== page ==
Disney’s Queen of Katwe, now playing in theaters across the United States, is based on the true story of a young girl selling corn on the streets of rural Uganda whose world changes when she is introduced to the game of chess, and, thanks to support from her family and community, gains the confidence and determination to pursue her dream of becoming an international chess champion.

Directed by Mira Nair (Monsoon Wedding) from a screenplay by William Wheeler (The Hoax) based on the book by Tim Crothers, Queen of Katwe stars Golden Globe® nominee David Oyelowo (Selma), Oscar® winner and Tony Award® nominee Lupita Nyong'o (12 Years a Slave) and newcomer Madina Nalwanga.

Watch a short feature featuring interviews with team behind Queen of Katwe:

For 10-year-old Phiona Mutesi (Nalwanga) and her family, life in the impoverished slum of Katwe in Kampala, Uganda, is a constant struggle. Her mother, Harriet (Nyong'o), is determined to take care of her family and works tirelessly selling vegetables in the market to make sure her children are fed and have a roof over their heads. When Phiona meets Robert Katende (Oyelowo), a soccer player turned missionary who teaches local children chess, she is captivated. Her mother eventually realizes that she has a chance to excel and teams up with Katende to help her fulfill her extraordinary potential, escape a life of poverty and save her family.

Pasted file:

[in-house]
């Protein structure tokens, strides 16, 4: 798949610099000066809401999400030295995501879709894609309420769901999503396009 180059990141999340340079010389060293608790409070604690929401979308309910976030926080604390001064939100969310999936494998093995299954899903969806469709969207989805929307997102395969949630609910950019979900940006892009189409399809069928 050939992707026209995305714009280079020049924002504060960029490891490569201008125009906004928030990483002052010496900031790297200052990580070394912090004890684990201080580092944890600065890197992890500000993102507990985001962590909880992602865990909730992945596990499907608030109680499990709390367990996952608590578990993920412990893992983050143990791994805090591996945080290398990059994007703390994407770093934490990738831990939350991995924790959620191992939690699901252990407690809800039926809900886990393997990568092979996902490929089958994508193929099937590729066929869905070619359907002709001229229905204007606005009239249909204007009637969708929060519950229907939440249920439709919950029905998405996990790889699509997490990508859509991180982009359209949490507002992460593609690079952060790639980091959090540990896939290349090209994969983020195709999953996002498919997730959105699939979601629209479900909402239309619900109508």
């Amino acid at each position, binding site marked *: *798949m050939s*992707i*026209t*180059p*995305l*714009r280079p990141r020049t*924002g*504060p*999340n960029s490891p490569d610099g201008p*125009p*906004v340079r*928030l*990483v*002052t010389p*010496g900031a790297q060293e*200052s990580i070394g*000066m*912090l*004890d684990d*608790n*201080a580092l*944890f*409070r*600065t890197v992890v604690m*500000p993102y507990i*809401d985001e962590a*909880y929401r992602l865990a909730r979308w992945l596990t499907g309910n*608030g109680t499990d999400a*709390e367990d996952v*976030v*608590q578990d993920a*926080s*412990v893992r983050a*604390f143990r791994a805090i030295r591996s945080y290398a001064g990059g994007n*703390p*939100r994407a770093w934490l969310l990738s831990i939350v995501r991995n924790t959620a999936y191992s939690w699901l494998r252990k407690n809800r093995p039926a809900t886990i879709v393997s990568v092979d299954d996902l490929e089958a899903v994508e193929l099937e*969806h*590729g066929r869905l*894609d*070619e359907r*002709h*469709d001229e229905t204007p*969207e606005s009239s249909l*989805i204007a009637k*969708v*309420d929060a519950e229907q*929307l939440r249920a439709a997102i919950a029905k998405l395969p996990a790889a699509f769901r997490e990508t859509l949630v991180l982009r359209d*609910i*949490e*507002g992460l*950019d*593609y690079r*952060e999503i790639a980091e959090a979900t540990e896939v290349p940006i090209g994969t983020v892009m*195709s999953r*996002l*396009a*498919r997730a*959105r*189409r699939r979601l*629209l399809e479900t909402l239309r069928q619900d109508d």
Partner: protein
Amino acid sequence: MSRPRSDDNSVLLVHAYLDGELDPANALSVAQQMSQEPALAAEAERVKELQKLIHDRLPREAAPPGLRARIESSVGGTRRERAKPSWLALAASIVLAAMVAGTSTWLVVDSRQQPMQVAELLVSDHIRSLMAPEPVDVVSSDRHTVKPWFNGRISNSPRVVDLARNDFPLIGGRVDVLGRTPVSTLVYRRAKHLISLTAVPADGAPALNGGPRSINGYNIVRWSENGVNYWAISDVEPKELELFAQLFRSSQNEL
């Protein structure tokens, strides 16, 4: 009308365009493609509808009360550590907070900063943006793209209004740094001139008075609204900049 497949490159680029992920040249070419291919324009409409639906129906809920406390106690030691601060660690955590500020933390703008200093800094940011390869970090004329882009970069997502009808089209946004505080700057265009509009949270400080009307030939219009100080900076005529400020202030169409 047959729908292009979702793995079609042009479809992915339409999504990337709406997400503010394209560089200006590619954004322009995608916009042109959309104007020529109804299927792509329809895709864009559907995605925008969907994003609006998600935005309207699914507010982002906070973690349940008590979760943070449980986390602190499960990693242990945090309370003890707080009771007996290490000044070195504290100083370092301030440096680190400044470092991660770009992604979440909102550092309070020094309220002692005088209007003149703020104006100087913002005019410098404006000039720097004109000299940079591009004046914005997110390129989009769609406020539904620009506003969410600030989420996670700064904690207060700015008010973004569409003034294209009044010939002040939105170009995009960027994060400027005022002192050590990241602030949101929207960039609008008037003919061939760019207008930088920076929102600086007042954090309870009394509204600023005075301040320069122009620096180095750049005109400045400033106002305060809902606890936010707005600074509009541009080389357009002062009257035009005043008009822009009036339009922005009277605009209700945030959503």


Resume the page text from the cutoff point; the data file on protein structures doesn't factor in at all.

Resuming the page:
The real-life Phiona and Robert were on set during the filming of the movie, providing a source of inspiration and authenticity to the cast and crew.

“It is such a privilege making a film about Katwe in Katwe with the people who are the heartbeat of the original story,” said Nair, who has lived in Uganda for 27 years.

Queen of Katwe

Disney

Nalwanga, who is from a neighboring slum of Katwe, brought personal experience and a native point of view to her passionate portrayal of Phiona.

“We were shooting a scene on the street when Madina turned to me and said, ‘This is my story… I’ve been here’,” Nyong’o recalls. “That put things in perspective. I felt very privileged and honored to be able to usher these children though this. I said to them, ‘This is our opportunity to tell the world your story.’ That was a moment when real life and the world of cinema… that line no longer exists.”